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Increasing marginal utility of small increases in life-expectancy?: Results from a population survey

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  • Kvamme, Maria Knoph
  • Gyrd-Hansen, Dorte
  • Olsen, Jan Abel
  • Kristiansen, Ivar Sønbø
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    Abstract

    The standard practice in cost-effectiveness analyses of health care is to assign a linear value to increasing lifetime gains. The aim of the current study was to examine the possible existence of non-linear utility for short life extensions. A representative sample of the Norwegian population, aged 40-59 years (n = 2402), was asked to imagine that they had a limited remaining lifetime (1 year or 10 years) and were offered a treatment that would increase lifetime by a specified amount of time from 1 week to 1 year. In all scenarios, the price per week of life extension was held constant. The proportion of respondents that accepted the treatment increased with increasing extensions, indicating a convex utility function. The result suggests increasing marginal utility for life extensions up to 1 year.

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    File URL: http://www.sciencedirect.com/science/article/B6V8K-4YTFBFH-1/2/8c56c08bd8e1528b0cb1fd7800eb4367
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    Bibliographic Info

    Article provided by Elsevier in its journal Journal of Health Economics.

    Volume (Year): 29 (2010)
    Issue (Month): 4 (July)
    Pages: 541-548

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    Handle: RePEc:eee:jhecon:v:29:y:2010:i:4:p:541-548

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    Web page: http://www.elsevier.com/locate/inca/505560

    Related research

    Keywords: Cost-effectiveness-methodology Linear models Willingness to pay;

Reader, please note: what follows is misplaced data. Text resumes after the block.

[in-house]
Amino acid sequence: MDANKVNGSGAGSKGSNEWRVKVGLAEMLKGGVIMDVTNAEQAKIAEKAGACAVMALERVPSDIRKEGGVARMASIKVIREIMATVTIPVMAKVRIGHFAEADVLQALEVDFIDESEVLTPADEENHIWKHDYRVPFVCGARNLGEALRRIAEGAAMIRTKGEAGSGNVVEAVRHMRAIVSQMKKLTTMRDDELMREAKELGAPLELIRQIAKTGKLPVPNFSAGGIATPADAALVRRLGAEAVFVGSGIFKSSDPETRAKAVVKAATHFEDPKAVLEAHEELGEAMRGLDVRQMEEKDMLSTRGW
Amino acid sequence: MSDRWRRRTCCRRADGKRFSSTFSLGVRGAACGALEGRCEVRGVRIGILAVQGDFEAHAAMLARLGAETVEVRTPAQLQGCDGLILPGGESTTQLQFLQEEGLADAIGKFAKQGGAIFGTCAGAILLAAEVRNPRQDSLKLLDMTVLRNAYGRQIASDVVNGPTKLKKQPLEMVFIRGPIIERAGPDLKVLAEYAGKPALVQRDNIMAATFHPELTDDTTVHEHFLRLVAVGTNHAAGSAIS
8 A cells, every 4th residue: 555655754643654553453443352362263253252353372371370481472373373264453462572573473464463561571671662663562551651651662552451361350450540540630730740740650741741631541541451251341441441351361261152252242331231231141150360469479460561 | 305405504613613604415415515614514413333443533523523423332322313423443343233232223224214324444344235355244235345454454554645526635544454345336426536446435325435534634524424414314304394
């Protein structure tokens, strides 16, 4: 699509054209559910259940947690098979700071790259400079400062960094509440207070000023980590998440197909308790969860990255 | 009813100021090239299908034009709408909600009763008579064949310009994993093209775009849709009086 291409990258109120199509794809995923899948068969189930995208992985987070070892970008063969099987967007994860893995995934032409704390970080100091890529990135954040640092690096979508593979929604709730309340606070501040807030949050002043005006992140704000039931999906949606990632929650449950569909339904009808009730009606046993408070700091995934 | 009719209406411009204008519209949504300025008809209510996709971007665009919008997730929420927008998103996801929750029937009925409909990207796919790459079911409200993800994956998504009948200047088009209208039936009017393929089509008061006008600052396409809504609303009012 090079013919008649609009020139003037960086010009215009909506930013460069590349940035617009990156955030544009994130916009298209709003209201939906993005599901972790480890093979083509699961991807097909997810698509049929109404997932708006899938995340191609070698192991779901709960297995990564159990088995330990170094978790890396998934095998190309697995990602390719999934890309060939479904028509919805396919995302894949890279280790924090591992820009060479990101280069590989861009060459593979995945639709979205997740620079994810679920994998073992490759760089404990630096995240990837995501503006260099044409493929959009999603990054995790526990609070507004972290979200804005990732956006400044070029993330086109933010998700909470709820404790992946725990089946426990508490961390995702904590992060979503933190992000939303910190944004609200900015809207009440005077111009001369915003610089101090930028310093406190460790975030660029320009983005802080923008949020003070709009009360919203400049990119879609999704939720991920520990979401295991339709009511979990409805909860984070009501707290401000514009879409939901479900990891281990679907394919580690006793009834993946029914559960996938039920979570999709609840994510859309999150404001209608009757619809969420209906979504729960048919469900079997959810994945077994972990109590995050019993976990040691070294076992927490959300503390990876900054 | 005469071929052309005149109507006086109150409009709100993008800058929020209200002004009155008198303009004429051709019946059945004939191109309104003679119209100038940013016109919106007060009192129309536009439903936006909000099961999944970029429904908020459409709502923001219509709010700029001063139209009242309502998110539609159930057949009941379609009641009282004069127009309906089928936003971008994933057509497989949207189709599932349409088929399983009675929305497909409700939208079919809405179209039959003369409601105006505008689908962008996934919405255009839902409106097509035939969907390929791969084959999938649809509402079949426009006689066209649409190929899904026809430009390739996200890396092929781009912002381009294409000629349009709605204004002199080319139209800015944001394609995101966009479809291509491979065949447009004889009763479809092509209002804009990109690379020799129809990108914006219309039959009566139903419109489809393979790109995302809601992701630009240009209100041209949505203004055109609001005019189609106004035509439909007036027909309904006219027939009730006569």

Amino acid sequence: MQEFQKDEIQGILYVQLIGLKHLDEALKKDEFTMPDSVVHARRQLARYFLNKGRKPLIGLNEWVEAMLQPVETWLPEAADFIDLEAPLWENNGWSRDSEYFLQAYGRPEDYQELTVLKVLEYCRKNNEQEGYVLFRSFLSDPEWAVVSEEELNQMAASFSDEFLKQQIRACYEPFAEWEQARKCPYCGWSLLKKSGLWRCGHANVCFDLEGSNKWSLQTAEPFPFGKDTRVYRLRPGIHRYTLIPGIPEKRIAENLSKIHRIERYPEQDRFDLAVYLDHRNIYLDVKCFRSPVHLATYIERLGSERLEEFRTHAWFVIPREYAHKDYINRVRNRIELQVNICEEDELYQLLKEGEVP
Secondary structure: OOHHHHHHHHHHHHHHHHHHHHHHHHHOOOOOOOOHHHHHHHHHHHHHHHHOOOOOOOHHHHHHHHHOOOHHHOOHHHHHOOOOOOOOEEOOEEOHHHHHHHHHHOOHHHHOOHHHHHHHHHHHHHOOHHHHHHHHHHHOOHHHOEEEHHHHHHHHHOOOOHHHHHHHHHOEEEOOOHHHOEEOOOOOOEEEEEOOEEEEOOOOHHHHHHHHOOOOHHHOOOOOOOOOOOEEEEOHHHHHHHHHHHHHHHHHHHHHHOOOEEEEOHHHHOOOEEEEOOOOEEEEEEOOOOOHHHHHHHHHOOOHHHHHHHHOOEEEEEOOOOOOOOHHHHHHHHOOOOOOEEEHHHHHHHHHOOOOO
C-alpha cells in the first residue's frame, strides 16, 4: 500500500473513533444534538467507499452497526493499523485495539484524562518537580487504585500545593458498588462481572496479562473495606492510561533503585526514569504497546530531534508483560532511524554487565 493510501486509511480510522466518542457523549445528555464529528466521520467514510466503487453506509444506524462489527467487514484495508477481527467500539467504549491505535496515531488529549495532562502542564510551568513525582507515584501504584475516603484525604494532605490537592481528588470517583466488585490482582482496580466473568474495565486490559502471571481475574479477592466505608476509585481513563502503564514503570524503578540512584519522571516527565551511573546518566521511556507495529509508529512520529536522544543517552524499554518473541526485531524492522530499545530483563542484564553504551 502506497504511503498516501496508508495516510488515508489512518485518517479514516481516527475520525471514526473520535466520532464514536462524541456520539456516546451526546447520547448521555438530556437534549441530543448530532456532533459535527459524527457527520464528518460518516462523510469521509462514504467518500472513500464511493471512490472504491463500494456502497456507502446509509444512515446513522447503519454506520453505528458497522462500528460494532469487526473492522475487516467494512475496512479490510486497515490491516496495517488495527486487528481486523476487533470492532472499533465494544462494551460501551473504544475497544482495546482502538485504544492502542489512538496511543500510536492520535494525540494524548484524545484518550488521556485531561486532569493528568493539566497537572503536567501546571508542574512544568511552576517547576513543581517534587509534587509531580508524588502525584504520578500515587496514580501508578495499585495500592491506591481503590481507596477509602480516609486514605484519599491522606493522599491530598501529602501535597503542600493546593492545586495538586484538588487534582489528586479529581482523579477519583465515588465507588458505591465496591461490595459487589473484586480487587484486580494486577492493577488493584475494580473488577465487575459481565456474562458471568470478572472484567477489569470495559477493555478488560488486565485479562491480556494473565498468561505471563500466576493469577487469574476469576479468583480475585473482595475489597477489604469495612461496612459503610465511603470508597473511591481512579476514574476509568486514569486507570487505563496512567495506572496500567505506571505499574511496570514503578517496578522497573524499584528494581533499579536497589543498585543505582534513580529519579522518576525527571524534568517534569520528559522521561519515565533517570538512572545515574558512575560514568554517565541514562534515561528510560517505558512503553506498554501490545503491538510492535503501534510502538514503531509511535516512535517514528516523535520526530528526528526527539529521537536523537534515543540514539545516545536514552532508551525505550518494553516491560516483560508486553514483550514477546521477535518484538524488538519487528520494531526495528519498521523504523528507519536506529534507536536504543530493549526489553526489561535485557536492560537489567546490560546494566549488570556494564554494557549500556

References

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    1. Dolan, Paul & Jones-Lee, Michael, 1997. "The time trade-off: A note on the effect of lifetime reallocation of consumption and discounting," Journal of Health Economics, Elsevier, vol. 16(6), pages 731-739, December.
    2. Bleichrodt, Han & Doctor, Jason & Stolk, Elly, 2005. "A nonparametric elicitation of the equity-efficiency trade-off in cost-utility analysis," Journal of Health Economics, Elsevier, vol. 24(4), pages 655-678, July.
    3. Moore, Michael J & Viscusi, W Kip, 1990. " Models for Estimating Discount Rates for Long-term Health Risks Using Labor Market Data," Journal of Risk and Uncertainty, Springer, vol. 3(4), pages 381-401, December.
    4. Eva Rodr�guez-M�guez & José-Luis Pinto-Prades, 2002. "Measuring the social importance of concentration or dispersion of individual health benefits," Health Economics, John Wiley & Sons, Ltd., vol. 11(1), pages 43-53.
    5. Doctor, Jason N. & Bleichrodt, Han & Miyamoto, John & Temkin, Nancy R. & Dikmen, Sureyya, 2004. "A new and more robust test of QALYs," Journal of Health Economics, Elsevier, vol. 23(2), pages 353-367, March.
    6. Olsen, Jan Abel, 2000. "A note on eliciting distributive preferences for health," Journal of Health Economics, Elsevier, vol. 19(4), pages 541-550, July.
    7. Han Bleichrodt & Jose Luis Pinto, 2000. "A Parameter-Free Elicitation of the Probability Weighting Function in Medical Decision Analysis," Management Science, INFORMS, vol. 46(11), pages 1485-1496, November.
    8. Abdellaoui, Mohammed & Barrios, Carolina & Wakker, Peter P., 2007. "Reconciling introspective utility with revealed preference: Experimental arguments based on prospect theory," Journal of Econometrics, Elsevier, vol. 138(1), pages 356-378, May.
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    Cited by:
    1. Attema, Arthur E. & Brouwer, Werner B.F. & l’Haridon, Olivier, 2013. "Prospect theory in the health domain: A quantitative assessment," Journal of Health Economics, Elsevier, vol. 32(6), pages 1057-1065.
    2. Arthur E. Attema & Werner B.F. Brouwer & Olivier l'Haridon, 2013. "A quantification of prospect theory in the health domain," Economics Working Paper Archive (University of Rennes 1 & University of Caen) 201321, Center for Research in Economics and Management (CREM), University of Rennes 1, University of Caen and CNRS.
    3. Robinson, Angela & Gyrd-Hansen, Dorte & Bacon, Philomena & Baker, Rachel & Pennington, Mark & Donaldson, Cam, 2013. "Estimating a WTP-based value of a QALY: The ‘chained’ approach," Social Science & Medicine, Elsevier, vol. 92(C), pages 92-104.

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